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12th July 2021 newsletter
Last week I was sent an email which originated from a member and was critical of NZIF leadership around the ETS. The email implied we were supportive of the ETS and its complexity. While I do not wish to comment on the email it raised a concern I and the council have had for a while now; that being we are not getting our messaging out clearly to members. If we were; the author of the above email would know NZIF in fact submitted against the ETS, proposing a carbon tax instead, and has consistently submitted against the increasing complexity of the ETS.
At the council meeting last week, council pondered how we should communicate with members and how we could improve. We have this newsletter, which we use to give updates on key NZIF matters as well as to encourage debate amongst members. I strongly believe robust debate by members amongst members can only be good for improving the knowledge of all members. As such I work hard to encourage debate via the member voice section of this newsletter, often playing devils advocate to try to get comments and debate flowing.
We also have the NZ Journal of Forestry, which is published quarterly. The Journal is used to pass on learnings to members around forestry science, and also includes an opinion piece occasionally. Outside of these formats we have local section meetings (some are more active than others), CPD sessions, the annual conference and the AGM and annual report.
My questions for members are; are we communicating enough? Do you feel you know what your council is doing and are we representing you well? Would you like additional communication in another format, if so what and how often? What is your preferred method of receiving communication? Finally what do you want to hear about? Please feel free to email me directly with your thoughts, or even better send them to Raewyn as a members voice so we can encourage some debate around this.
During the council meeting, council held a discussion around meetings and the difference between Governance and Management. This has been an ongoing issue for council for as long as I can remember. As such we have decided to hold full council meetings face to face quarterly. Councillors with key management responsibilities will hold smaller ‘management’ meetings as required, but at least once a year. These meetings may include non council members and the goal will be to set and implement strategy for the responsible area. These management meetings will include: local sections, membership, submissions, journal, fire, valuations, fellows, future foresters, women in forestry. Many of these groups are already meeting outside of council. If you are interested in getting involved in any of these areas please let Raewyn know and she will put you in contact with the councillor in charge.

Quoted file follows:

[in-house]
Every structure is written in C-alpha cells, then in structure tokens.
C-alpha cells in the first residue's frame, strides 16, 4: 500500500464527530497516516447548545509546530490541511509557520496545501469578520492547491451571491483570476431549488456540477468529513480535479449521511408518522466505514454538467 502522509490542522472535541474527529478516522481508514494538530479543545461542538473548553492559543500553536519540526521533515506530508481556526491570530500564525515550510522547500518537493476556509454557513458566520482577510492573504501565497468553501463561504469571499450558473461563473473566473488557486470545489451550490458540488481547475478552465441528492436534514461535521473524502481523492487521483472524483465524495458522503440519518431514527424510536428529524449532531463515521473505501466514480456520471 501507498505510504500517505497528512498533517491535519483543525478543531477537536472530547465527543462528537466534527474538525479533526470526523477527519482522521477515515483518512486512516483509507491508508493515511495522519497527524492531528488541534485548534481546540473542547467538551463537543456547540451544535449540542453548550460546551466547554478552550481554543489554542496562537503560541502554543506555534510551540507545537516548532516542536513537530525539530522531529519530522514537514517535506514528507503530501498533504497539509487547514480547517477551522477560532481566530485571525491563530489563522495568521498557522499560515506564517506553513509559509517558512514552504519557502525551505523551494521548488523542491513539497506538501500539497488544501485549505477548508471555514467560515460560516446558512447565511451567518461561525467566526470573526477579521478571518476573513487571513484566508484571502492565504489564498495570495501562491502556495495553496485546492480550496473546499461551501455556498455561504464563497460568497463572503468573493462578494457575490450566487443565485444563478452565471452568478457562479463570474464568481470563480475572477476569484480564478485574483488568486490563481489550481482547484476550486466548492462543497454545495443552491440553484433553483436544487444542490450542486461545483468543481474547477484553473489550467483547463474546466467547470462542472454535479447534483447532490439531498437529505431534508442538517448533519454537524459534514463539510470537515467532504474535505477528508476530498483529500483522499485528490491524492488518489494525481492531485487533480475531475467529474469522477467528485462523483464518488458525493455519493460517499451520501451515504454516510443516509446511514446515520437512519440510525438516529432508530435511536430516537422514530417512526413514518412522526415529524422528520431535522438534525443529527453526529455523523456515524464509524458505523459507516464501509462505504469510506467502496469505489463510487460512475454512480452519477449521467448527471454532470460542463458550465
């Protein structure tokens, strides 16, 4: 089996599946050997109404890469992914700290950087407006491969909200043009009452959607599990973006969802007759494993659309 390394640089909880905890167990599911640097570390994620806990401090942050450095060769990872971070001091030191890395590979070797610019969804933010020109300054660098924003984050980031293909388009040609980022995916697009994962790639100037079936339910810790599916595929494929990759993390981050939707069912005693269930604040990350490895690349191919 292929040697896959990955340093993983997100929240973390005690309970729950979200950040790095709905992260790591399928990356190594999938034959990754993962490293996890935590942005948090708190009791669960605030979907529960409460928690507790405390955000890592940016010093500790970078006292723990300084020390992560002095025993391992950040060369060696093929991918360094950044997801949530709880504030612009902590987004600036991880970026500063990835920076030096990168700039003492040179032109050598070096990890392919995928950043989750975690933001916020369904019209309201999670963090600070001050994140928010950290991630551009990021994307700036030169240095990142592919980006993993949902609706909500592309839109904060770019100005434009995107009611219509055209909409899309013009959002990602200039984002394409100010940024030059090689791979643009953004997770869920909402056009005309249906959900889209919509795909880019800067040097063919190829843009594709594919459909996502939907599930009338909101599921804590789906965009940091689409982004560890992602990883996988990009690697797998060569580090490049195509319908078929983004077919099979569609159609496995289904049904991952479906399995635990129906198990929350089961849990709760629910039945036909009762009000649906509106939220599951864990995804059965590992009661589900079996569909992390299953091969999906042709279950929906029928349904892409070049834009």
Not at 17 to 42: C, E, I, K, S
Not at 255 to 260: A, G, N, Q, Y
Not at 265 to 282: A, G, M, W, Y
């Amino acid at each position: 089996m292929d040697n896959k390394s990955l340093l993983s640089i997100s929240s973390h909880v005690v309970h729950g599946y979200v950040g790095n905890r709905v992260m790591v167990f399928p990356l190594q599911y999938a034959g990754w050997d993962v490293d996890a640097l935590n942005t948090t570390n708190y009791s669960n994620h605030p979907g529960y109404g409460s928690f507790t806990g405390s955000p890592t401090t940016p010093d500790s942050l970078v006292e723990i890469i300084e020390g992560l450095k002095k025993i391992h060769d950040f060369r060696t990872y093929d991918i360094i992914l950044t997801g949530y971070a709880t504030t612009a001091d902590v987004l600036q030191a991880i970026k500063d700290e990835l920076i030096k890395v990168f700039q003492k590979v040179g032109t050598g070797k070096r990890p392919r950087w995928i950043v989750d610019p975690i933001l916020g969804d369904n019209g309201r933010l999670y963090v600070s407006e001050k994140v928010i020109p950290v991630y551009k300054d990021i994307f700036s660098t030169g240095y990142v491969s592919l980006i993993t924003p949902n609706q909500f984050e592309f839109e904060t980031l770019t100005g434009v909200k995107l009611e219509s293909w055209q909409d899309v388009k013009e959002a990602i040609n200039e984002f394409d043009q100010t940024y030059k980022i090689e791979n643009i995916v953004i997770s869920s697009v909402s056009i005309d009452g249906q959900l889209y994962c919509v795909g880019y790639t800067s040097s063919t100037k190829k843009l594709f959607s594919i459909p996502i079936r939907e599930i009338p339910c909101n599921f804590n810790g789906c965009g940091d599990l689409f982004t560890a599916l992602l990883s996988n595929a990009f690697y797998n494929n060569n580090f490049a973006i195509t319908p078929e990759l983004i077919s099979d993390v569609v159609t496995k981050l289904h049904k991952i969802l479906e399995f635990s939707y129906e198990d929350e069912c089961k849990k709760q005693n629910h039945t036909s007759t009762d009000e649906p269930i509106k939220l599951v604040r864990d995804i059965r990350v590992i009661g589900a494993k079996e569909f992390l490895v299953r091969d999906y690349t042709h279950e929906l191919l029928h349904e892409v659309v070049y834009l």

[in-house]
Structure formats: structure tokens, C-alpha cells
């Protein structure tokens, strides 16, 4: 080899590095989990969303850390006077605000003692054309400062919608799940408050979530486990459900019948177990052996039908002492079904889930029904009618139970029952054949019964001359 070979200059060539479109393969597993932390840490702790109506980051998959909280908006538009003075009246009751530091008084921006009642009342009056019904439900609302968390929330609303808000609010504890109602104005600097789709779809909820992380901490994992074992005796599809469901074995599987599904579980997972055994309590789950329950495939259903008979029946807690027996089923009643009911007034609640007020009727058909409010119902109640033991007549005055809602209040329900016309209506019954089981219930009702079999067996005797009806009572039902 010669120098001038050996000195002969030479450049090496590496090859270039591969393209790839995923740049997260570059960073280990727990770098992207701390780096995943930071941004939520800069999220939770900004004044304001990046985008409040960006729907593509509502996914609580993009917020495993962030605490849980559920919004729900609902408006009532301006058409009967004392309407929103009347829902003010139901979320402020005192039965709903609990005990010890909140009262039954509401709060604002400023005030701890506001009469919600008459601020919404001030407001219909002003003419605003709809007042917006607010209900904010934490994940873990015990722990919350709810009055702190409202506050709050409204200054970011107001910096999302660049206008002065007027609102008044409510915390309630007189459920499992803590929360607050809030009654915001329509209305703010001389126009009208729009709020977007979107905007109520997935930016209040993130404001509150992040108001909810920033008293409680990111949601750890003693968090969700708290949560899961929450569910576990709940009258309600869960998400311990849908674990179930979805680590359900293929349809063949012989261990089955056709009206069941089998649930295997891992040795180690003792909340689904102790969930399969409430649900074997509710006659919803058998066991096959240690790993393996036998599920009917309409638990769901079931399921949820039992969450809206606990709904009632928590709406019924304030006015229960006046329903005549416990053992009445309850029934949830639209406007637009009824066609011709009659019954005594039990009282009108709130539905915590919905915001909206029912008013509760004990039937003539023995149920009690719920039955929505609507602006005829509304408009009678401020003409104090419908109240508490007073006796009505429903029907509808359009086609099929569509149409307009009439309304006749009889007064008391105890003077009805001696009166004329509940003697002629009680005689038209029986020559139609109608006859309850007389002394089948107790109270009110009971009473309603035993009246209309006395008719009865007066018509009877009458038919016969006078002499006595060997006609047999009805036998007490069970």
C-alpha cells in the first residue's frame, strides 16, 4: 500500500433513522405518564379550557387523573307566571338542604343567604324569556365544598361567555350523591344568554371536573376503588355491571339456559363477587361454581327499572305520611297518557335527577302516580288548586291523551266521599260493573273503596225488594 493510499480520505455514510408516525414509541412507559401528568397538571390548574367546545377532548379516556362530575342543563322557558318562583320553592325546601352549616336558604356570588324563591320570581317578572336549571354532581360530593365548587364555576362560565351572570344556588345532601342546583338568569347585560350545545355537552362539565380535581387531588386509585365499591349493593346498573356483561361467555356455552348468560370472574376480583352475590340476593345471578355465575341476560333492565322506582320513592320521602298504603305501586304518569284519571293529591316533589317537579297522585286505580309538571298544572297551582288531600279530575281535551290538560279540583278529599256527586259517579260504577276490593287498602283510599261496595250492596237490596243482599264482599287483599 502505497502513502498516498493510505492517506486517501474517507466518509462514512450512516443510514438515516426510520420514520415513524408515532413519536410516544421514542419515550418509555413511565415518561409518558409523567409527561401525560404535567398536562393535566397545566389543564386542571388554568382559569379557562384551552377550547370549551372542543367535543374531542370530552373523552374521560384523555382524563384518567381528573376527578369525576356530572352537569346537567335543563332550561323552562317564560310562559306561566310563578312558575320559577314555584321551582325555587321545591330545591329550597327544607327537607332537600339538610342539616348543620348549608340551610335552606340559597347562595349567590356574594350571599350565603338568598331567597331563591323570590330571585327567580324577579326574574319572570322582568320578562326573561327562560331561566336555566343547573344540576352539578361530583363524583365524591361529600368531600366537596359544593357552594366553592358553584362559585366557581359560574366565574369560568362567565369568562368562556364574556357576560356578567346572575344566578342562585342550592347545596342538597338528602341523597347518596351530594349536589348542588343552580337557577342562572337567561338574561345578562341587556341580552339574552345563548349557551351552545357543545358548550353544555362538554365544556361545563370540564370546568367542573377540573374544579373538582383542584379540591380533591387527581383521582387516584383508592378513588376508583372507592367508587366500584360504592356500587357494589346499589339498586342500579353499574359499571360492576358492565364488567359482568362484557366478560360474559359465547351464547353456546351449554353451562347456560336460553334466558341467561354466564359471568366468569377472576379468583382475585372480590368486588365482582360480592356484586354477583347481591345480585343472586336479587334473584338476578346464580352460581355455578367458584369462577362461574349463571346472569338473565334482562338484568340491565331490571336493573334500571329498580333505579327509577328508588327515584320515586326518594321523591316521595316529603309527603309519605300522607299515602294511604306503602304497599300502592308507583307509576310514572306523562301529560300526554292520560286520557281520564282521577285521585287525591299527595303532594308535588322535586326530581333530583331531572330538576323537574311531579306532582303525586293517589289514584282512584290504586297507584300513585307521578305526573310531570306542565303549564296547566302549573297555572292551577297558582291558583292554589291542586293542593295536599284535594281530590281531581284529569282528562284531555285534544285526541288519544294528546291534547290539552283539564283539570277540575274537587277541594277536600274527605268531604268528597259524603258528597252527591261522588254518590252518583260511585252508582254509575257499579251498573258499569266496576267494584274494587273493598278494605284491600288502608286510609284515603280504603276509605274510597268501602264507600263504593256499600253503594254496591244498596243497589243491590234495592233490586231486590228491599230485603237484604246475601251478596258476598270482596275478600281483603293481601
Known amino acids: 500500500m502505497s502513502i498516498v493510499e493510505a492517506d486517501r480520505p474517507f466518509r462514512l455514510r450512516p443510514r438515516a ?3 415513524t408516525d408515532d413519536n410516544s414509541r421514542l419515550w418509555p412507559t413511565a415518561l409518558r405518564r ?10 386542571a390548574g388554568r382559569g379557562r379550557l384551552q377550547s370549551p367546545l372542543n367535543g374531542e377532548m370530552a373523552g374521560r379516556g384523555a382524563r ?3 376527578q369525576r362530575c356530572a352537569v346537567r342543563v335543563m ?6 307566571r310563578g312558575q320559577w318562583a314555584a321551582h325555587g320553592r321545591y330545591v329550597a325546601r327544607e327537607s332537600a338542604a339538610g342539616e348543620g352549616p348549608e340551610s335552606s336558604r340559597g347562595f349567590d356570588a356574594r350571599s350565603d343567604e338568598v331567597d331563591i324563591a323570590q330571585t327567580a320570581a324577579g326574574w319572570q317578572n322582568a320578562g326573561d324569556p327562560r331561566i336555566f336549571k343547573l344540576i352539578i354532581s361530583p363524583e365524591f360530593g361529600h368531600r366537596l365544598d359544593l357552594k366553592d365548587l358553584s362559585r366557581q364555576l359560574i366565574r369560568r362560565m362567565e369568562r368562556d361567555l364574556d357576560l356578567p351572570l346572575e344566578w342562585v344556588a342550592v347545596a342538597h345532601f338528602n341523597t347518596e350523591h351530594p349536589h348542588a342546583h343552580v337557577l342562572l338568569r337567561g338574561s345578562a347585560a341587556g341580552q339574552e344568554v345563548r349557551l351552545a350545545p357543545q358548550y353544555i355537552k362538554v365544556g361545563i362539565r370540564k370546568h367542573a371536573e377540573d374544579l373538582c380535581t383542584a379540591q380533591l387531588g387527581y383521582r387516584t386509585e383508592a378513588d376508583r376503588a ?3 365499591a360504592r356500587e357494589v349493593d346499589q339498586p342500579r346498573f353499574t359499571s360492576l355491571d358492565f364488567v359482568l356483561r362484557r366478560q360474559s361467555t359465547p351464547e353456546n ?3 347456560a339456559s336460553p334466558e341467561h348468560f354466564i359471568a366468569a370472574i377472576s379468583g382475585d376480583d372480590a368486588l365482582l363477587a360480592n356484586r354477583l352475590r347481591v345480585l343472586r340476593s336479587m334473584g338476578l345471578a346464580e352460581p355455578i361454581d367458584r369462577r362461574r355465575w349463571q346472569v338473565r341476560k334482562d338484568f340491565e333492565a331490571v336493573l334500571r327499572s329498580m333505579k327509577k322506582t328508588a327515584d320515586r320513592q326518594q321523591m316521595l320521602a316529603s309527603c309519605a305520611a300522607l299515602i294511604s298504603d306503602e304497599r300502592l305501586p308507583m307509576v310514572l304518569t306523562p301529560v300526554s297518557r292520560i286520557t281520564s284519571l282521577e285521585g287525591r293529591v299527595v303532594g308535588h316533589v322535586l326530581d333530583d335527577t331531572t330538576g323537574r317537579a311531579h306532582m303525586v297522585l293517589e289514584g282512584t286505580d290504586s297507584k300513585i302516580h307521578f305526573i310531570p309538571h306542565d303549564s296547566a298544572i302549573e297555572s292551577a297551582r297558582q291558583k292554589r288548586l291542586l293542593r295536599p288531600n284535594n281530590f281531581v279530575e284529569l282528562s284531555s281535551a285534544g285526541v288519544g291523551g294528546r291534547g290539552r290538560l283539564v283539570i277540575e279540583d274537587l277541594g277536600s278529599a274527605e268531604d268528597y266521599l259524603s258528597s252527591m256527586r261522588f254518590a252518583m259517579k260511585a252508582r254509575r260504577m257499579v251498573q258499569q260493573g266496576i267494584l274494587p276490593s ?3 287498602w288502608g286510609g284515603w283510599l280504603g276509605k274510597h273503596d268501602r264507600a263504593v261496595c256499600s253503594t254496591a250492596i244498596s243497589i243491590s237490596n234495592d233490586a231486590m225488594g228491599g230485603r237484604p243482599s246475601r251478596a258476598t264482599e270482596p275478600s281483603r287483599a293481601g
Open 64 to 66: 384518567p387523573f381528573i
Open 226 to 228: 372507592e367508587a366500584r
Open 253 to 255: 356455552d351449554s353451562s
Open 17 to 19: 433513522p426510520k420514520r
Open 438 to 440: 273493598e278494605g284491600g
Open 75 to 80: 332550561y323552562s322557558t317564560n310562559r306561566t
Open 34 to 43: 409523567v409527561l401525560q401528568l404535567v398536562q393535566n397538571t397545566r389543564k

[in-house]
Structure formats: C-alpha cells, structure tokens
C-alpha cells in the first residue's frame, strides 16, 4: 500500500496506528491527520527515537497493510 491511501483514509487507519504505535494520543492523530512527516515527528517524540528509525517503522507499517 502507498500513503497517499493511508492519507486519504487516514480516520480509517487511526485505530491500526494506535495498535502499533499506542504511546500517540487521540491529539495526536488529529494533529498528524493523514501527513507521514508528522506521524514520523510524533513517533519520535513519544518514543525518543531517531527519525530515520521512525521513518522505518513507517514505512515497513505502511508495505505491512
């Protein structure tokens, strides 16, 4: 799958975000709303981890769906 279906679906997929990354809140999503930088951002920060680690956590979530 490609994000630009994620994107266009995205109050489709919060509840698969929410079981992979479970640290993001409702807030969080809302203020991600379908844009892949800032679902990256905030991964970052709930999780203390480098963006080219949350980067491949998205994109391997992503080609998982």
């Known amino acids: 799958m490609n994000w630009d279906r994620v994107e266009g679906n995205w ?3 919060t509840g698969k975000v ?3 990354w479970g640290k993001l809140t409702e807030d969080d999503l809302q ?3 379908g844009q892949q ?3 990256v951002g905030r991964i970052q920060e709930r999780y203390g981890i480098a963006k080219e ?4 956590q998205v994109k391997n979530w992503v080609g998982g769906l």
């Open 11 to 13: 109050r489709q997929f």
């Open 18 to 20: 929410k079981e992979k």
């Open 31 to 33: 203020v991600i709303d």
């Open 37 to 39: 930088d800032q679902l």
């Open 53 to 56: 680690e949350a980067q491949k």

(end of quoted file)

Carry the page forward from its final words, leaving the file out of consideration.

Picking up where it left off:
Finally I would like to acknowledge the sad news of the passing of Grant Duffy who died suddenly a few weeks back. Whilst not a member, Grant in his role at Worksafe was a beacon of common sense and worked tirelessly to ensure everyone in our industry was safe, while at the same time ensuring his bosses understood the complexities of forestry. Personally I worked alongside Grant helping set up Safetree, and his calm manner, good advice and counsel helped immensely. He will be sadly missed by all of us.
I wish you all a safe and enjoyable week.
I 100% agree with Peter Clarks thoughts on domestic processing.